The Temptress: Page 10 of 35

temper, Which always kept his servants complaining and g rumbling against him. He was an ambitious youth and laboured to be Great and popular (of course on the strength of wealth) It was for this purpose that his secretary Mr Mathews was engaged and he helped him to achieve this object to a great extent. When the Exchange Market showed signs of going down, Bawla got aal his wealth counted and found Forty Lakhs Rupees Cash in his possession. It is reported that out of this, 20 lakhs of Rupees were lavishly wasted by him for the sake of this notorious strumpet Mumtaz. Several of his sincere friends constantly urged upon him to get rid of that dragon; but all their entreaties proved of no avail

 Ah !   What a nice specimen of gentalman ! Surely a worthy Corporator worth the worth of his voters. It he Corporation to ba proud of such is a units and it is a hunded times disgraceful for journals like the Bombay chronicle to herald him as one of the brightest Stars, who when viewed in a merciless but right perspective cuts such a sorry figure, as to force all the saner element of the country to cast their heads down in shame and disgust. Opulence, thy name down is shame.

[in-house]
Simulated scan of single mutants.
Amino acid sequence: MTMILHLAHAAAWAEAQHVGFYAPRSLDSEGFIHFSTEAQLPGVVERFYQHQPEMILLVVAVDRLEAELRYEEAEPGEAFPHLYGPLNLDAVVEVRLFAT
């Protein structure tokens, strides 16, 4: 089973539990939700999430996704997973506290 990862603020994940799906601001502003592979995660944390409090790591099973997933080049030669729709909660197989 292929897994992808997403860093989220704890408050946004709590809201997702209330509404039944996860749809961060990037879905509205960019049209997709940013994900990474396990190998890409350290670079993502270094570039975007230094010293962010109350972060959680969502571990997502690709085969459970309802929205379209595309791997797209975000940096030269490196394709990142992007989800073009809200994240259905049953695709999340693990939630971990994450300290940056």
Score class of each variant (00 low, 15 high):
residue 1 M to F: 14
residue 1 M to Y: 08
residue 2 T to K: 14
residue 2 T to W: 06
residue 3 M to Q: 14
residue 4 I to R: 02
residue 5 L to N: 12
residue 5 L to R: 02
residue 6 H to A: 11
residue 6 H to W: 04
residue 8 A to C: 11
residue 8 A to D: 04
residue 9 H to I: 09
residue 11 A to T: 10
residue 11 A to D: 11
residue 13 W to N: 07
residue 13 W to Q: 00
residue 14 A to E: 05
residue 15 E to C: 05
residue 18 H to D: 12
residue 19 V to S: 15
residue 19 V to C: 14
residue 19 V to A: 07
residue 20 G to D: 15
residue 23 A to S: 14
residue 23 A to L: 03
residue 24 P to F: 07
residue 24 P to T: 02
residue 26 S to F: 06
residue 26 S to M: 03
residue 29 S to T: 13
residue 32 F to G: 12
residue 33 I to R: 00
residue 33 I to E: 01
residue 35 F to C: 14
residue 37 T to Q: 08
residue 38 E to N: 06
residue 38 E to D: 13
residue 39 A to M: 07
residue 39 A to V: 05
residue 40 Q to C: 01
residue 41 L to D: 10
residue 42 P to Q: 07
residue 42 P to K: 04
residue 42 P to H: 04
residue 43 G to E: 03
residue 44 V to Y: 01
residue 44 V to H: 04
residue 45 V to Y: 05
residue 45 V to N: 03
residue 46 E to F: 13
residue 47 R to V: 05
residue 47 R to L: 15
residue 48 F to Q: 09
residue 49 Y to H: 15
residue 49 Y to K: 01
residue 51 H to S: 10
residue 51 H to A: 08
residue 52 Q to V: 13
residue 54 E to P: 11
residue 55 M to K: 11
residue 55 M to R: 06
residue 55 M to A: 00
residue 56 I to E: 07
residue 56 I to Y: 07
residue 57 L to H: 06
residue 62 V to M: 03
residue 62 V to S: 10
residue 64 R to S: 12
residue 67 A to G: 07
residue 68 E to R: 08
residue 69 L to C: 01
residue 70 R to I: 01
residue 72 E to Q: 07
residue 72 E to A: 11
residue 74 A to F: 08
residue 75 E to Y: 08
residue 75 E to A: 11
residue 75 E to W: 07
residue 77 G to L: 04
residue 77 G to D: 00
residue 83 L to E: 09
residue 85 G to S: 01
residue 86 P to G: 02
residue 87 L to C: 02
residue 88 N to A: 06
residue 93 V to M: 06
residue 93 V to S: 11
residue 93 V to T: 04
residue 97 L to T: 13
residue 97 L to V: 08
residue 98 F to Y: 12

There is another pioint worth considering On what principle did Bawla welcome Mumtaz? a paragon, a ‘pari’ of  paradise ? An unparalelled specimen of earthly beauty? A fountain of unquestioned Faith? Or did he entertain her as a helpless and forsaken woman pure innocence? To say that he welcomed her to his doors without the least knowledge of her past life fully gone into the details of her past life and the treachery she played against time faith of the Maharaja Holkarz before he condescended to offer his hand and evan life to her. One Allabux, a motor-drive was once giving motor-drive to this Temptress, when the pleasure-hunting Bawla happened to get a glimpse of her, and Him. “Love at first sight” was the only excuse which dragged Bawla to Mumtaz. It was quite in consonance with his nature, described above, that in the 'flush of his just impressions as a pleasurista He did not at all give a ray of thought to what mortal. evil he was clasping in the person of a beautiful woman, whose conspiring and adventurous nature was. surely an open book to him. Probably he thought that he was a match for all the effects of the conspiring and adventures of Mumtaz. Or was he revelling in a sort of boasting it was to his honer and dignity that he patronised a prostitute who was once the concubine of a great Indian Prince? Or, was he of the same conspiring and adventurous spirit as that of Mumtaz? Since, he disregarded all probable and improbable consequences arising from his union with this notorious strumpet, it is evident that he determined to stake his all on his “all” --the fairfaced and foul-hearted dragon Mumtaz. It is reported